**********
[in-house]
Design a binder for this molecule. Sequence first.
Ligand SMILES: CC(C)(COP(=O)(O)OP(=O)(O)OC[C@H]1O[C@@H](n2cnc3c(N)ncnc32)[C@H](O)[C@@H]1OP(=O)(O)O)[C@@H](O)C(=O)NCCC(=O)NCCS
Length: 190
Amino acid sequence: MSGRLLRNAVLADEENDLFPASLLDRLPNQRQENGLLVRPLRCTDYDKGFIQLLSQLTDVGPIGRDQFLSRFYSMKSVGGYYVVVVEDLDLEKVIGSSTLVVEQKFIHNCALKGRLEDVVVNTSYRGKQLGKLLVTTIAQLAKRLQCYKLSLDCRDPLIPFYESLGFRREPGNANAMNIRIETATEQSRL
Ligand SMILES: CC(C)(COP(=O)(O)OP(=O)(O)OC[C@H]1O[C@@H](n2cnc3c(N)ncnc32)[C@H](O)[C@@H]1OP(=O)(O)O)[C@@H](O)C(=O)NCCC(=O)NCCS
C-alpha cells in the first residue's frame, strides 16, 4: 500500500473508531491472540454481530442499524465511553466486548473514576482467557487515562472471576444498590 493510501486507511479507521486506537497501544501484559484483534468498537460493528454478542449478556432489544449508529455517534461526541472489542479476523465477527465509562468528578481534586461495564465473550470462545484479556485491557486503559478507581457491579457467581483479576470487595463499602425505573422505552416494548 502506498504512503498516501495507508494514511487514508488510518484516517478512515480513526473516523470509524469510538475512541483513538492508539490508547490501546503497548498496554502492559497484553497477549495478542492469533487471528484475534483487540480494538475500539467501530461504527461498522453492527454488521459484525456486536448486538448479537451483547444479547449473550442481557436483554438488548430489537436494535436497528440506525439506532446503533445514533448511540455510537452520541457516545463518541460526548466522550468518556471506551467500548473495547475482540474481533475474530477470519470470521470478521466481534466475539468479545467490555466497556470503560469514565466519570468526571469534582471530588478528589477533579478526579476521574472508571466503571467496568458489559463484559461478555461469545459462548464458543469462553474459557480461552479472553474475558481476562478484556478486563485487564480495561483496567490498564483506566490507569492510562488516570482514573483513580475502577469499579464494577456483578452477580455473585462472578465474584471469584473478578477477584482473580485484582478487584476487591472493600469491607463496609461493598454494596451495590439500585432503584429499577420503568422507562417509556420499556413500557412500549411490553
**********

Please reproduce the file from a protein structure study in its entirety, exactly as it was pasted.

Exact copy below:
[in-house]
Design a binder for this molecule. Sequence first.
Ligand SMILES: CC(C)(COP(=O)(O)OP(=O)(O)OC[C@H]1O[C@@H](n2cnc3c(N)ncnc32)[C@H](O)[C@@H]1OP(=O)(O)O)[C@@H](O)C(=O)NCCC(=O)NCCS
Length: 190
Amino acid sequence: MSGRLLRNAVLADEENDLFPASLLDRLPNQRQENGLLVRPLRCTDYDKGFIQLLSQLTDVGPIGRDQFLSRFYSMKSVGGYYVVVVEDLDLEKVIGSSTLVVEQKFIHNCALKGRLEDVVVNTSYRGKQLGKLLVTTIAQLAKRLQCYKLSLDCRDPLIPFYESLGFRREPGNANAMNIRIETATEQSRL
Ligand SMILES: CC(C)(COP(=O)(O)OP(=O)(O)OC[C@H]1O[C@@H](n2cnc3c(N)ncnc32)[C@H](O)[C@@H]1OP(=O)(O)O)[C@@H](O)C(=O)NCCC(=O)NCCS
C-alpha cells in the first residue's frame, strides 16, 4: 500500500473508531491472540454481530442499524465511553466486548473514576482467557487515562472471576444498590 493510501486507511479507521486506537497501544501484559484483534468498537460493528454478542449478556432489544449508529455517534461526541472489542479476523465477527465509562468528578481534586461495564465473550470462545484479556485491557486503559478507581457491579457467581483479576470487595463499602425505573422505552416494548 502506498504512503498516501495507508494514511487514508488510518484516517478512515480513526473516523470509524469510538475512541483513538492508539490508547490501546503497548498496554502492559497484553497477549495478542492469533487471528484475534483487540480494538475500539467501530461504527461498522453492527454488521459484525456486536448486538448479537451483547444479547449473550442481557436483554438488548430489537436494535436497528440506525439506532446503533445514533448511540455510537452520541457516545463518541460526548466522550468518556471506551467500548473495547475482540474481533475474530477470519470470521470478521466481534466475539468479545467490555466497556470503560469514565466519570468526571469534582471530588478528589477533579478526579476521574472508571466503571467496568458489559463484559461478555461469545459462548464458543469462553474459557480461552479472553474475558481476562478484556478486563485487564480495561483496567490498564483506566490507569492510562488516570482514573483513580475502577469499579464494577456483578452477580455473585462472578465474584471469584473478578477477584482473580485484582478487584476487591472493600469491607463496609461493598454494596451495590439500585432503584429499577420503568422507562417509556420499556413500557412500549411490553